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Speaking out? Make it count

There was a public hearing on the Wizer block last week. Though I attended and gave testimony, I have decided hearings are a waste of time. If a developer follows our city code, the city council did little and the hearing simply satisfied the legal requirement to hold one.

The community development codes need to be changed so the city evolves in a way that respects whatever character is left of our small town. Not so long ago, we were a suburban small town of mainly low-density, single-family homes. The tables have turned, and the city now requires increased density with minimum dwelling units per acre instead of maximum. This encourages large projects, increased traffic and additional demands on public services, not to mention the loss of huge chunks of sky that will remove the openness that no design tweaks can replace.

If you saw Mercer Island’s small town a few years ago and then saw their town center today, you would see Lake Oswego’s future. Although Mercer Island has some of the wealthiest residents in the Puget Sound area, they couldn’t keep large, mixed-use, transit-oriented apartment buildings out of their city, and now their island of peace and quiet is lost forever.

Everyone I know wants to save Lake Grove from the density occurring downtown, but current codes allow it here also. It is just a matter of time before the behemoths start cropping up in the west end. Buildings big enough to add the appropriate density for a 24-hour presence, and with the faux “European Village” look, the city will create the “vibrancy” we’ve been told we don’t have but need.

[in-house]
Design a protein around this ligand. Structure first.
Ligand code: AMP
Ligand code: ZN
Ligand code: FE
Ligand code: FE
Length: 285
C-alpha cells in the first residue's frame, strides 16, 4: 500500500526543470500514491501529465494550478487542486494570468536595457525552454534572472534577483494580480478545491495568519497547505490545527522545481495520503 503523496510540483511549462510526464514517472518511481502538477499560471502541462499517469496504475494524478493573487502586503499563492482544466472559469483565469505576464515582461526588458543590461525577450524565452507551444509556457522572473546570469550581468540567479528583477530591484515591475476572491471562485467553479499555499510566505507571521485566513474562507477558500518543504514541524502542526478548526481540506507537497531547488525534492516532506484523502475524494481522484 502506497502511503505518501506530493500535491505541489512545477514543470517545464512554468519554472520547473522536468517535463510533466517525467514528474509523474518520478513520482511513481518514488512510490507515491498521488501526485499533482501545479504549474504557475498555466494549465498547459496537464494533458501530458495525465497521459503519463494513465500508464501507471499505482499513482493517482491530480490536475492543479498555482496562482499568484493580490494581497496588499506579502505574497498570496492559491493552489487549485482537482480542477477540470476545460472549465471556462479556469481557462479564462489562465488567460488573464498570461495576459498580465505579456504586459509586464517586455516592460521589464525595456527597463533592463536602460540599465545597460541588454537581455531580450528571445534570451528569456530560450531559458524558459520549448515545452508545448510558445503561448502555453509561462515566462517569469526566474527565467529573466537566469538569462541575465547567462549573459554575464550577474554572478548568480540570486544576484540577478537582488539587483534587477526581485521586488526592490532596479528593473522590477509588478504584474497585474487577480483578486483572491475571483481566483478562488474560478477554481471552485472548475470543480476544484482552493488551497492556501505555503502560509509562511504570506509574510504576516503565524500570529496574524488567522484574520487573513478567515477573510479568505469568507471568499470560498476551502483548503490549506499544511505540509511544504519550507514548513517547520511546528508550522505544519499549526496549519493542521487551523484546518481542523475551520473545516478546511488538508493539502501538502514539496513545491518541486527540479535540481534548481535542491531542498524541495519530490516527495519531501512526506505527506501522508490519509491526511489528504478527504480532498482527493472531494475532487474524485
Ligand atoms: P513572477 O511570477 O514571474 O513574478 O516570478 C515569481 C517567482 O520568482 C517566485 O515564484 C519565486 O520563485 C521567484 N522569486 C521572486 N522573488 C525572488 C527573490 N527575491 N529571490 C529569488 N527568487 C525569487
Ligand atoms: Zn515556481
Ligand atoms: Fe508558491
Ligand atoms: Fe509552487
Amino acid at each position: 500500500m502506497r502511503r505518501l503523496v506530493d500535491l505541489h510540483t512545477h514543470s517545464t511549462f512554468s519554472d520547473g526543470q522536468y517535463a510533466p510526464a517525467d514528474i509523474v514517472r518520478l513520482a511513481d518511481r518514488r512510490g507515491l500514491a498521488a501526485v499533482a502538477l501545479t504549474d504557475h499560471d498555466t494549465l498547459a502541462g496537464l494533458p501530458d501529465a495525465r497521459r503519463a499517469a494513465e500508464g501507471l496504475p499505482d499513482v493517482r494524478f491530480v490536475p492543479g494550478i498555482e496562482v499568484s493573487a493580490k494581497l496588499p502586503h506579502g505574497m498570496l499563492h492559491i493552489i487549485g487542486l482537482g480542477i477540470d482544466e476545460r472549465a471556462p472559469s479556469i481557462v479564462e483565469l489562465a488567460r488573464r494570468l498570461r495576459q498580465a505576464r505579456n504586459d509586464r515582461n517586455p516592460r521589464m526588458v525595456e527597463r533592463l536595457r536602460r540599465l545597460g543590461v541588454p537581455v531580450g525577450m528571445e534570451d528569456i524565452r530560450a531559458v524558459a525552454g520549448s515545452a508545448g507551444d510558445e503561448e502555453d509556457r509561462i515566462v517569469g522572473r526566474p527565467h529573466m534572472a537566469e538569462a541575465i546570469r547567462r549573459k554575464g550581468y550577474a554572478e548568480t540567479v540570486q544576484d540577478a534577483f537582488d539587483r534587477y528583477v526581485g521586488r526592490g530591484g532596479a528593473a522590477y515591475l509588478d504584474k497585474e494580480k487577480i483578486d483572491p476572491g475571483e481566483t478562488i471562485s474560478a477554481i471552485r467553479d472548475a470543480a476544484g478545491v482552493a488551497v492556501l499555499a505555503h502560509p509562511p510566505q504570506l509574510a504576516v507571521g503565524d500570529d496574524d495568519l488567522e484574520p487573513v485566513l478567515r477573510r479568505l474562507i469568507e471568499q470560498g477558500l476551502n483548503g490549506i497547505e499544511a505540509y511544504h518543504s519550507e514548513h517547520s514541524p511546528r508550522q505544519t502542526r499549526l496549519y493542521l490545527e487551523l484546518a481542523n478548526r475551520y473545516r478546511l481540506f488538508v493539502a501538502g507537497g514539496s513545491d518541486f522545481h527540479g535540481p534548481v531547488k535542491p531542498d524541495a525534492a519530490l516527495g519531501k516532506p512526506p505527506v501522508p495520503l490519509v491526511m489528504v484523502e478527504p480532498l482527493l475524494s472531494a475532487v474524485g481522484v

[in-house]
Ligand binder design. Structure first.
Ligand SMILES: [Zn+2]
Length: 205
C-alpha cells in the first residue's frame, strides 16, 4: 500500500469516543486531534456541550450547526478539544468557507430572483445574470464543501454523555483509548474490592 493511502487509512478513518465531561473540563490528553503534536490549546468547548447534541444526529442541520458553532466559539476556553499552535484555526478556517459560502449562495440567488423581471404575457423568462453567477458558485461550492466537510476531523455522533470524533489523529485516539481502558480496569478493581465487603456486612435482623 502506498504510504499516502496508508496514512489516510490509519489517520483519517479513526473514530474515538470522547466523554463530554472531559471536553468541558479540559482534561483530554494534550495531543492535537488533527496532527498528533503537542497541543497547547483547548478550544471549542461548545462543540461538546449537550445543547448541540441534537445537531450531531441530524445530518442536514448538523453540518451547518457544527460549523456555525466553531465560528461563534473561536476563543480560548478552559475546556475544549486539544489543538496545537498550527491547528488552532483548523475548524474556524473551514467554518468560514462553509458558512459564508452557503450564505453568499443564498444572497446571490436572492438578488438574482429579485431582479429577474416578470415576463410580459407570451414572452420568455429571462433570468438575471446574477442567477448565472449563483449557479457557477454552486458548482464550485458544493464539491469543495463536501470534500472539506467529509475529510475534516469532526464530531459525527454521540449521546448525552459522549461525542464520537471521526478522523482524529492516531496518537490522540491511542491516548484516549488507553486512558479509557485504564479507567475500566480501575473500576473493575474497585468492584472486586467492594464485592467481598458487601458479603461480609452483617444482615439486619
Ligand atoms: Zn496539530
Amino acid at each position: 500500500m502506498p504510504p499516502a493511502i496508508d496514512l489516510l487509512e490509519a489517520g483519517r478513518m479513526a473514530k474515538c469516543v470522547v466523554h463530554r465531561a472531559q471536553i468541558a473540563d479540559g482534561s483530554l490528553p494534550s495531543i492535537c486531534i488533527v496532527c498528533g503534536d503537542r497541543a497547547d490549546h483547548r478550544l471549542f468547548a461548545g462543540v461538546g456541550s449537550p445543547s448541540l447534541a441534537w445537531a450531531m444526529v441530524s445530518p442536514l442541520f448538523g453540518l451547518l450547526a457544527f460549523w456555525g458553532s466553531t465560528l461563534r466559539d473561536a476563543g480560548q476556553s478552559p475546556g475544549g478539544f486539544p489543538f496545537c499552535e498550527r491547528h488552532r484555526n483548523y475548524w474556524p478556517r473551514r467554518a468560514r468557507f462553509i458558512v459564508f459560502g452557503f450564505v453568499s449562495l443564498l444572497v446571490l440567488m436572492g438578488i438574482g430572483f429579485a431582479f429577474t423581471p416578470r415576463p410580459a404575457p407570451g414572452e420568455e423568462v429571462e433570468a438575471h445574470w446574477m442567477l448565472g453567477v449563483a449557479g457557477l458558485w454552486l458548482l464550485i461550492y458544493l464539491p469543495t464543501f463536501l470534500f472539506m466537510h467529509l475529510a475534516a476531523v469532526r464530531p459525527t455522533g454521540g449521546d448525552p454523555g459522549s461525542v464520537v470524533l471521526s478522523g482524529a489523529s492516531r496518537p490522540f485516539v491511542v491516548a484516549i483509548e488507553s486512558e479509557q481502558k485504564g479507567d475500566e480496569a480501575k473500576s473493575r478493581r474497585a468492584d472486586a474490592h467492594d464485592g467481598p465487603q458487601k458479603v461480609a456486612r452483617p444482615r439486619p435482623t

In the original Downtown Design Guide (1988), the consultants planned for smaller buildings with smaller footprints and warned that in order to achieve compatibility within the district the city should not resort to a “theme.” And yet that is what is happening. The municipal code describes the approved “Lake Oswego style” that is now the required theme for new development. Who decided that our “style” was Arts and Crafts, Tudor and Oregon rustic?

Lake Oswego was a fast-growing city in the ‘50s and ‘60s, and we are fortunate to have a lot of notable architects’ midcentury work in the city. But this era and its architecture (and others) seem to be forgotten by those who would like us to be a European village. They do not understand that a city’s physical presence and its soul evolve over time and have a history of their own. The “instant” design theme makes Lake Oswego look silly and like it could be anywhere.

In order to be effective at holding onto Lake Oswego as a small town with a unique past, we will have to address the development codes rather than wait for the pre-apps and hearings and then start biting our nails and gnashing our teeth, always playing defense. This process has citizens chasing their tails in the name of citizen involvement when the die was cast the day the development codes were approved.

Dianne Cassidy is a resident of Lake Oswego.

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